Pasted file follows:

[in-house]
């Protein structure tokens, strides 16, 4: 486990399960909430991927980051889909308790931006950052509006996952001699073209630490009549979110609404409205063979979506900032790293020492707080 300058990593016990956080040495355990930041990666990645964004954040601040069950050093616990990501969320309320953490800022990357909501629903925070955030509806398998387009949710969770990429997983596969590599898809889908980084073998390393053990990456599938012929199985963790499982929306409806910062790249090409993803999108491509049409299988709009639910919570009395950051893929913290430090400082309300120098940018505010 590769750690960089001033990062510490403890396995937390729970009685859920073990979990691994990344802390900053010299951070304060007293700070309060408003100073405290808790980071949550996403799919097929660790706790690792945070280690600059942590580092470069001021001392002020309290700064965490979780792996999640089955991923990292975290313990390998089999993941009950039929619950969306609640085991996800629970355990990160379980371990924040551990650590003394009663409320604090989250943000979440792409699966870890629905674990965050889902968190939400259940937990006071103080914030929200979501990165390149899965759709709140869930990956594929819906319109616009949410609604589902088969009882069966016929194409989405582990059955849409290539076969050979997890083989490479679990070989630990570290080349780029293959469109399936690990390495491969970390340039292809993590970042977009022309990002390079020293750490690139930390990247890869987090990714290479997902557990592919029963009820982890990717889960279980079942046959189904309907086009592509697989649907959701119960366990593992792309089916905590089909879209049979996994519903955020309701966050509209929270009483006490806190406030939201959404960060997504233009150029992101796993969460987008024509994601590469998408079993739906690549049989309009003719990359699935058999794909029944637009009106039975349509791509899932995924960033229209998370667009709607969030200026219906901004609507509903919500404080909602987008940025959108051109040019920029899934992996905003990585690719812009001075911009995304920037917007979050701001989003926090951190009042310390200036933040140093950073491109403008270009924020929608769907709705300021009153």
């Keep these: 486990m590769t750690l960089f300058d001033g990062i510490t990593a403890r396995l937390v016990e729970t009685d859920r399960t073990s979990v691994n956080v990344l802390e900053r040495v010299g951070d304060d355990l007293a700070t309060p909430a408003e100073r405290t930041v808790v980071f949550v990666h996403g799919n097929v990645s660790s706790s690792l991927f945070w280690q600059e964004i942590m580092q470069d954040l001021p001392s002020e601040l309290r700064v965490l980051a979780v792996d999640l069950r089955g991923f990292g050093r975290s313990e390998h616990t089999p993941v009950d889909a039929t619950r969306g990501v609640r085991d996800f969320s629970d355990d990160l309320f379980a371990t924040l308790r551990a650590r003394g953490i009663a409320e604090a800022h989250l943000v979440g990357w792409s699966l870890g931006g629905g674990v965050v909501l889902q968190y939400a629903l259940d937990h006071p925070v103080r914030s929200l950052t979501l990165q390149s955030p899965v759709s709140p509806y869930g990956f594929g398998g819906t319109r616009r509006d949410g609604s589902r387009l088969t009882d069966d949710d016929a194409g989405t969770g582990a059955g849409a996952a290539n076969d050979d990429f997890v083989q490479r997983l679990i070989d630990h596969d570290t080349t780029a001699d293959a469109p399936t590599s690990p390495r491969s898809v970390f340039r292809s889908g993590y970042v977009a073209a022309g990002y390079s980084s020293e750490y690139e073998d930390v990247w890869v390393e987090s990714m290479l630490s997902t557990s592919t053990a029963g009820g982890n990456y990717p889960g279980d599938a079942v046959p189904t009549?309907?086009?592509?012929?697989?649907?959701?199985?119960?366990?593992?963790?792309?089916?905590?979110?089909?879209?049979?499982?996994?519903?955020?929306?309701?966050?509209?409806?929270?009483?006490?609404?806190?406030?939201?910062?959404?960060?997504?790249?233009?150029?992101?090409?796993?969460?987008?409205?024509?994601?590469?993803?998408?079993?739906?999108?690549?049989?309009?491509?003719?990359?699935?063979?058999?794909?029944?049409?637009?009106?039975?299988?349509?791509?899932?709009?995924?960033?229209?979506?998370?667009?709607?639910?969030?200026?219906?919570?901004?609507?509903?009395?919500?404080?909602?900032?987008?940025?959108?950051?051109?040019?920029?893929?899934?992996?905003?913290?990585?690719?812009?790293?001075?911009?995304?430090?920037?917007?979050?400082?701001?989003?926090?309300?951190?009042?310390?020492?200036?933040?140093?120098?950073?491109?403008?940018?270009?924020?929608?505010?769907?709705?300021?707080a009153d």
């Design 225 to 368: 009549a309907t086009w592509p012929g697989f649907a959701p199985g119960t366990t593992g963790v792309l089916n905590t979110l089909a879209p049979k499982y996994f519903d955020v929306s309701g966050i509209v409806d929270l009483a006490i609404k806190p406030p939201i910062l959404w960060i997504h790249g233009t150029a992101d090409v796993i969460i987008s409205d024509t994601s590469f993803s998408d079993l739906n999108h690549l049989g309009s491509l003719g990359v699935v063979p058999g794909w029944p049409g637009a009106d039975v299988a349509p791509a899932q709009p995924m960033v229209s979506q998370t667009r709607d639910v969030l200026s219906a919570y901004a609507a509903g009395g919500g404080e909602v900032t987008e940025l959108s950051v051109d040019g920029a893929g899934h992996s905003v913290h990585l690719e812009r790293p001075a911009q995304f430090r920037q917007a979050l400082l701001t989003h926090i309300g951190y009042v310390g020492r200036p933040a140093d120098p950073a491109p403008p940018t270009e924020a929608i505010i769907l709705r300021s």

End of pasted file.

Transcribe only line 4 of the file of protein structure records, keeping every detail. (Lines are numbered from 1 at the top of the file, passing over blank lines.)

């Design 225 to 368: 009549a309907t086009w592509p012929g697989f649907a959701p199985g119960t366990t593992g963790v792309l089916n905590t979110l089909a879209p049979k499982y996994f519903d955020v929306s309701g966050i509209v409806d929270l009483a006490i609404k806190p406030p939201i910062l959404w960060i997504h790249g233009t150029a992101d090409v796993i969460i987008s409205d024509t994601s590469f993803s998408d079993l739906n999108h690549l049989g309009s491509l003719g990359v699935v063979p058999g794909w029944p049409g637009a009106d039975v299988a349509p791509a899932q709009p995924m960033v229209s979506q998370t667009r709607d639910v969030l200026s219906a919570y901004a609507a509903g009395g919500g404080e909602v900032t987008e940025l959108s950051v051109d040019g920029a893929g899934h992996s905003v913290h990585l690719e812009r790293p001075a911009q995304f430090r920037q917007a979050l400082l701001t989003h926090i309300g951190y009042v310390g020492r200036p933040a140093d120098p950073a491109p403008p940018t270009e924020a929608i505010i769907l709705r300021s």